Berkman, a career .297 hitter, and Lee, who's hit .289 in his career, are averaging .255 and .240 respectively. Lee's slump has been particularly tough on the team after he hit at least .300 in each of the past three seasons.
The team's poor hitting has left the Astros at 36-53 as they prepare for the second half of the season.
"It's been disappointing obviously, extremely disappointing," general manager Ed Wade said. "We really have never reached the point of consistency that we wanted to achieve. Coming out of spring training we thought we had the elements in place to get off to a good start and it didn't happen."
Although Berkman and Lee, who are both 34, are far from the only Astros with problems on offense, their success in the past has magnified their trouble.
"I don't think anybody could have predicted that we would have struggled collectively offensively as much as we have," Wade said. "All you have to do is flip the guy's bubble gum card over and look at the numbers on the back and see what the track record is to recognize why our expectations were higher. And it's not higher expectations for guys who are 37 and 38 years old, it's higher expectations for guys who have a lot left in the tank and still have something to prove this season."
Houston isn't expecting miracles from Bagwell, but Wade wants to see if the change can help his players get back on track.
"We need to figure out whether guys actually have the ability to get better or not," Wade said. "We've got players who are underperforming. We know we're not the '27 Yankees, but we're better than this. And if we're not better than this, we need to use time remaining to assess the talent on the club and act accordingly."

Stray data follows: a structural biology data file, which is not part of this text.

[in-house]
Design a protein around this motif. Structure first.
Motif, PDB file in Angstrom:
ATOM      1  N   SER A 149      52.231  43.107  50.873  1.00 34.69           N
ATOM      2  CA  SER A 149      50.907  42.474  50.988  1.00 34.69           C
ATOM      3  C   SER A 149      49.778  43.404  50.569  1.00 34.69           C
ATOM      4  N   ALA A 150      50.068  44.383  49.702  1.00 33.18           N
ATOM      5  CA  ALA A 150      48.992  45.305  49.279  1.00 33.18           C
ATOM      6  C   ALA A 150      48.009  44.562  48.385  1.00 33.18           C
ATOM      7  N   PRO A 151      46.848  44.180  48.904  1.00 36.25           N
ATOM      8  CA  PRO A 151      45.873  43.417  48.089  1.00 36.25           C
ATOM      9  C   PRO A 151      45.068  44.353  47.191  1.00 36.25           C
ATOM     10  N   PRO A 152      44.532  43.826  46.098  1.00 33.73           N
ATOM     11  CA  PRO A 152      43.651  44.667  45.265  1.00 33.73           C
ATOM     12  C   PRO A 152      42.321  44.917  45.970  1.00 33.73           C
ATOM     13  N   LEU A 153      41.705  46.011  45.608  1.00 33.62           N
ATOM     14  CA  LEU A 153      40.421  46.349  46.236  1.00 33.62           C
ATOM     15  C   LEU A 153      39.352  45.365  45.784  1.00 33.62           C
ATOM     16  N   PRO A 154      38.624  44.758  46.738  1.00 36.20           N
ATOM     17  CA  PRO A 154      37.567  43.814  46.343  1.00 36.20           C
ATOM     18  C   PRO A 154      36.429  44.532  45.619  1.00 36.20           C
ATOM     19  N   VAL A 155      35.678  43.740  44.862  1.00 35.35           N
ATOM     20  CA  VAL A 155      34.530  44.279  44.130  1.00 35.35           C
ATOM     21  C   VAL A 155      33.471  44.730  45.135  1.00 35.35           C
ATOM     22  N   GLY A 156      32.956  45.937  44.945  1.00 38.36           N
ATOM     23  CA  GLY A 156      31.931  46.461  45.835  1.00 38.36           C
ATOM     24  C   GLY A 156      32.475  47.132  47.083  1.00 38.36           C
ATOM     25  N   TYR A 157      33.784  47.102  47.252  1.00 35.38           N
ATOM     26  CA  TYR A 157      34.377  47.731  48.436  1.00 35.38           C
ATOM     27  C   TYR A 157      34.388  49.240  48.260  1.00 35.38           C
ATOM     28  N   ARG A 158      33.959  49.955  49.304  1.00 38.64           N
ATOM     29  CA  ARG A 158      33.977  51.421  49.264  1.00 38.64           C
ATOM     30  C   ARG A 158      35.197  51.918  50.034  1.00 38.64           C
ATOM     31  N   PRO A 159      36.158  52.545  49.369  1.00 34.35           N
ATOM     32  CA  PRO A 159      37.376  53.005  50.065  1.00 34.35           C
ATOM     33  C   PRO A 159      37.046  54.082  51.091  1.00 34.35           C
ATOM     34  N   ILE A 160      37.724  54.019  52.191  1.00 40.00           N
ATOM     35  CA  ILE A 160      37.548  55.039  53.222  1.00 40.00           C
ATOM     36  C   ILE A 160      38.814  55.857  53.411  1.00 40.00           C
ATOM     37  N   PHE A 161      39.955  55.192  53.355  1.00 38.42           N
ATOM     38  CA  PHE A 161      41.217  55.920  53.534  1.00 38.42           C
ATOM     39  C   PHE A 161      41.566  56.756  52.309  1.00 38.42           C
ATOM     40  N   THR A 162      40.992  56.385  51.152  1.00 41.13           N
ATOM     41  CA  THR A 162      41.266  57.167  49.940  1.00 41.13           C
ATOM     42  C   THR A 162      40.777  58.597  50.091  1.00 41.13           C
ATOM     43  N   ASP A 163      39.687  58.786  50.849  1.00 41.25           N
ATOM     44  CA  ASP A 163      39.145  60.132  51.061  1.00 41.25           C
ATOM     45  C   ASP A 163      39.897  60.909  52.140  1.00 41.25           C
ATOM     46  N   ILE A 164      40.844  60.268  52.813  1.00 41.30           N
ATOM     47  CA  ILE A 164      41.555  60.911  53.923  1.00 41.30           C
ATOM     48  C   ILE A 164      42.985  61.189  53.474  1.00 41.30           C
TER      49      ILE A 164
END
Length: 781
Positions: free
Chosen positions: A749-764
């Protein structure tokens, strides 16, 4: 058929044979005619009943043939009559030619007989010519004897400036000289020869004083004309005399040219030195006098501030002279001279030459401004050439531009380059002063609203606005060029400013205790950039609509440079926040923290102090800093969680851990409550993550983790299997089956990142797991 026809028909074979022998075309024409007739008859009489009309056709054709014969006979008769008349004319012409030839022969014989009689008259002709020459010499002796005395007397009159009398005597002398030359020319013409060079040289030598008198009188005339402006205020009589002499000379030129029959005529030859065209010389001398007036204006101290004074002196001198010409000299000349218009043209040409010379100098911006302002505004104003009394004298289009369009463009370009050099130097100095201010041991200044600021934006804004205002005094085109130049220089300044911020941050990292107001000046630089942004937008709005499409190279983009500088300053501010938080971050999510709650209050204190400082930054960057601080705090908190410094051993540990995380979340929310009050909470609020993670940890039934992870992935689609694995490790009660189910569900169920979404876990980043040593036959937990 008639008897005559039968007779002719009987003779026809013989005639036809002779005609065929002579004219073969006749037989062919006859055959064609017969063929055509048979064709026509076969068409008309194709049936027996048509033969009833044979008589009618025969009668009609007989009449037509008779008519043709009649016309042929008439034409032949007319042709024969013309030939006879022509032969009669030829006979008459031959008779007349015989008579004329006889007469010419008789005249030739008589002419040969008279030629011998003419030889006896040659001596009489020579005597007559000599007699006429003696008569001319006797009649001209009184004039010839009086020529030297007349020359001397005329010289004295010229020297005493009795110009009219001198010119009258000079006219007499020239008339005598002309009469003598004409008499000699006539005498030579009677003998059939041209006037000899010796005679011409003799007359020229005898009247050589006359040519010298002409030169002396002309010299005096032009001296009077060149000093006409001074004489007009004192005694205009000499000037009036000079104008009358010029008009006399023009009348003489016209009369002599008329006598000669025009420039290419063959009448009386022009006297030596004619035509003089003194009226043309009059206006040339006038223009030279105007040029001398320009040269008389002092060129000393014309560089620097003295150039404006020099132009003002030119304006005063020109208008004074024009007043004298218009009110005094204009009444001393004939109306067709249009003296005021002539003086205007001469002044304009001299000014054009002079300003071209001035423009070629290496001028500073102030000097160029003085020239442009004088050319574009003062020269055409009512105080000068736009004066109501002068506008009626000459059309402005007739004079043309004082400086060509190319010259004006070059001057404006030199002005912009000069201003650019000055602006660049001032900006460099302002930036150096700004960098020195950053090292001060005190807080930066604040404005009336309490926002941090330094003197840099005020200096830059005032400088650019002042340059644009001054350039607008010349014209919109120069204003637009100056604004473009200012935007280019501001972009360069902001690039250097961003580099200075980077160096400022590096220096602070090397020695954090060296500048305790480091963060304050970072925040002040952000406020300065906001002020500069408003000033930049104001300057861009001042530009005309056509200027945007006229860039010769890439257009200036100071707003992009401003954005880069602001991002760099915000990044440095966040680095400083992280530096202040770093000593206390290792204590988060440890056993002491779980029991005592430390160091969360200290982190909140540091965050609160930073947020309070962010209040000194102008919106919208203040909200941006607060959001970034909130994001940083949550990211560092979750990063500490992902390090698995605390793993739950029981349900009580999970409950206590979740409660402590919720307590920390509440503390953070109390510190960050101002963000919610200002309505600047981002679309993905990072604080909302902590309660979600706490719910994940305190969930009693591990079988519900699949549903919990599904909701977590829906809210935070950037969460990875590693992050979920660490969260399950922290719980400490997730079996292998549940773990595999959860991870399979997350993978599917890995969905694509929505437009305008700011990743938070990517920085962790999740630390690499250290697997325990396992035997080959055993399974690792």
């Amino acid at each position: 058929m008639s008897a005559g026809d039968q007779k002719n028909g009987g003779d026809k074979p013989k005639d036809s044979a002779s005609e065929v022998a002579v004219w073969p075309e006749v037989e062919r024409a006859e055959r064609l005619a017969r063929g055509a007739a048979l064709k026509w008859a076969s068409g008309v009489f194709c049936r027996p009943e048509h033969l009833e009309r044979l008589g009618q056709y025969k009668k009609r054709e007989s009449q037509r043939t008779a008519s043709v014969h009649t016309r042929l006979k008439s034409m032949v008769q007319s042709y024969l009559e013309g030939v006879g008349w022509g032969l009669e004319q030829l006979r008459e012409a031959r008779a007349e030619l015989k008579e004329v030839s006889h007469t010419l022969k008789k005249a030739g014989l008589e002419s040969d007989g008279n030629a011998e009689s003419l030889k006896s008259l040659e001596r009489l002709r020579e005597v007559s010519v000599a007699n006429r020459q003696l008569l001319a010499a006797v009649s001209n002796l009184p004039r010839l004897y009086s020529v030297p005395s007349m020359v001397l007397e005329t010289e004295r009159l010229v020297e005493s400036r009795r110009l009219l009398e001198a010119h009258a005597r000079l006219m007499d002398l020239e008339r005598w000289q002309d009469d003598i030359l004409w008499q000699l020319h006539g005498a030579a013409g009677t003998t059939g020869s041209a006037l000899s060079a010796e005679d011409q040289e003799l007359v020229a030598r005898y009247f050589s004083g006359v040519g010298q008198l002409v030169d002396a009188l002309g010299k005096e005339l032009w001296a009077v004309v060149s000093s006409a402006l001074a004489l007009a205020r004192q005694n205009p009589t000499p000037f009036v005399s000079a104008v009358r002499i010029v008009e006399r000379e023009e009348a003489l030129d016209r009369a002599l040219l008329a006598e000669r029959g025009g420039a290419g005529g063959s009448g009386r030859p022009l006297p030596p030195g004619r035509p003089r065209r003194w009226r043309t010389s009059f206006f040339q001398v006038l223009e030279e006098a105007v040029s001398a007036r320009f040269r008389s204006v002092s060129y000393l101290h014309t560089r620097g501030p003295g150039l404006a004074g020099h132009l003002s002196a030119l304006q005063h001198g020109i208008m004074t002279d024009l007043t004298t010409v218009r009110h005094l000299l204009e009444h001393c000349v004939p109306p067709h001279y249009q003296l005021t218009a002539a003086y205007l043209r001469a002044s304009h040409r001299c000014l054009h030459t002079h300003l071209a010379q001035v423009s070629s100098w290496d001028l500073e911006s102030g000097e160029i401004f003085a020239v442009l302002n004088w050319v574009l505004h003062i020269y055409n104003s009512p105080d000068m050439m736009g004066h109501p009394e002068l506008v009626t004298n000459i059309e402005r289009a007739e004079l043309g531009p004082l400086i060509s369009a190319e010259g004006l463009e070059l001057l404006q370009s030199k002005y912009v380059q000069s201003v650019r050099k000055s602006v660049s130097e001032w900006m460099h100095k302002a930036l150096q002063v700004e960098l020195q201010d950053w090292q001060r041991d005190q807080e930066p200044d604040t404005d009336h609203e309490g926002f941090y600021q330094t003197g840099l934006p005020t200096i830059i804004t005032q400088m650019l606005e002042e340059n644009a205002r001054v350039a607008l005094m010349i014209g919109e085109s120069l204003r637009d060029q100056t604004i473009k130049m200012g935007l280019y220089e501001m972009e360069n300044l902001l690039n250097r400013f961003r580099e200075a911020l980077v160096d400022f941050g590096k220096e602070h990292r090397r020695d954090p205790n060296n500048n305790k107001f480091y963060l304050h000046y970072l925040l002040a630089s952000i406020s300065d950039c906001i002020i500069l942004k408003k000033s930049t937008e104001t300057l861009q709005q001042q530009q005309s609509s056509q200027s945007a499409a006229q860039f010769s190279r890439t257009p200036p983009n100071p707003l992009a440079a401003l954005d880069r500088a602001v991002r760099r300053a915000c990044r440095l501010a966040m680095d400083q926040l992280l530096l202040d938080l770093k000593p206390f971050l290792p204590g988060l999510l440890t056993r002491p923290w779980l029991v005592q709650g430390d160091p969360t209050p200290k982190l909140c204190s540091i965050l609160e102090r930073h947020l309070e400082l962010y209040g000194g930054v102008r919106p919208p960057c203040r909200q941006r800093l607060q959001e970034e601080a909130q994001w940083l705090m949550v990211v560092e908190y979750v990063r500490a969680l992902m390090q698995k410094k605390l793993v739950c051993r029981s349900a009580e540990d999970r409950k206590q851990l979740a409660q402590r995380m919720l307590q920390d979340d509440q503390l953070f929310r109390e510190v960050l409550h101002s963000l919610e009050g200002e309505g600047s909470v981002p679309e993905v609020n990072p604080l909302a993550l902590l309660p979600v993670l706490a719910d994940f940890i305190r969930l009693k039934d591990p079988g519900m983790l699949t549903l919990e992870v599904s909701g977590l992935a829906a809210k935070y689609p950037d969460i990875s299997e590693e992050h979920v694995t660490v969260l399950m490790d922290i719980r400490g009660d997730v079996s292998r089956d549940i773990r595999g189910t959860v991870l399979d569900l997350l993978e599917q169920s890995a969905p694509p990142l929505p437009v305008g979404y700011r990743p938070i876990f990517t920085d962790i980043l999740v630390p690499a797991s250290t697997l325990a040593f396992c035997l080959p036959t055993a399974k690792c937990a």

Bagwell spent 15 seasons with the team and set franchise records with 449 home runs and 1,529 RBIs. The Astros are hoping his outstanding career will translate into success in his new position and help the team salvage something from this season.
"We're going to work on some technical aspects of hitting, but once the game starts we're going to compete," he said. "That's really all I can ask of the guys. We'll run hard, run the bases well and we're going to compete. That's going to be my message."
He thinks that his final season when he was the pinch hitter helped prepare him for a job like this.
"I have such an appreciation for every single person on the club now and what they have to go through to prepare," he said. "As a pinch hitter you have one at-bat to figure (everything) out. That's difficult. So I know the importance of what those guys need every single day."
Bagwell, who has worked as a special assistant to Wade since his retirement in 2006, said he's already got a few pointers for his hitters after watching them in the first half of the season. He went right to work after his hiring last weekend, chatting up Michael Bourn and Hunter Pence and exchanging telephone numbers with the young players.
Pence, who is hitting .263 this season, is looking forward to soaking up the information he believes Bagwell will bring to the team.
"I think he's definitely got a great amount of knowledge, obviously with the credentials that he's got and how well he's played and he definitely understands hitting," he said.
The rest of the season is a sort of tryout for Bagwell. He hasn't been guaranteed anything past the end of this year as the Astros see what he can do and he finds out if he likes coaching.
Along with helping the veterans get out of their slumps, Bagwell should aid Houston's young players as team officials gauge their development. Rookie catcher Jason Castro, who was called up from the minors less than a month ago, has impressed on defense but needs more work on offense.
Houston wants to see what fellow rookies Jason Bourgeois, an outfielder, and Chris Johnson, who plays third base, can contribute this season.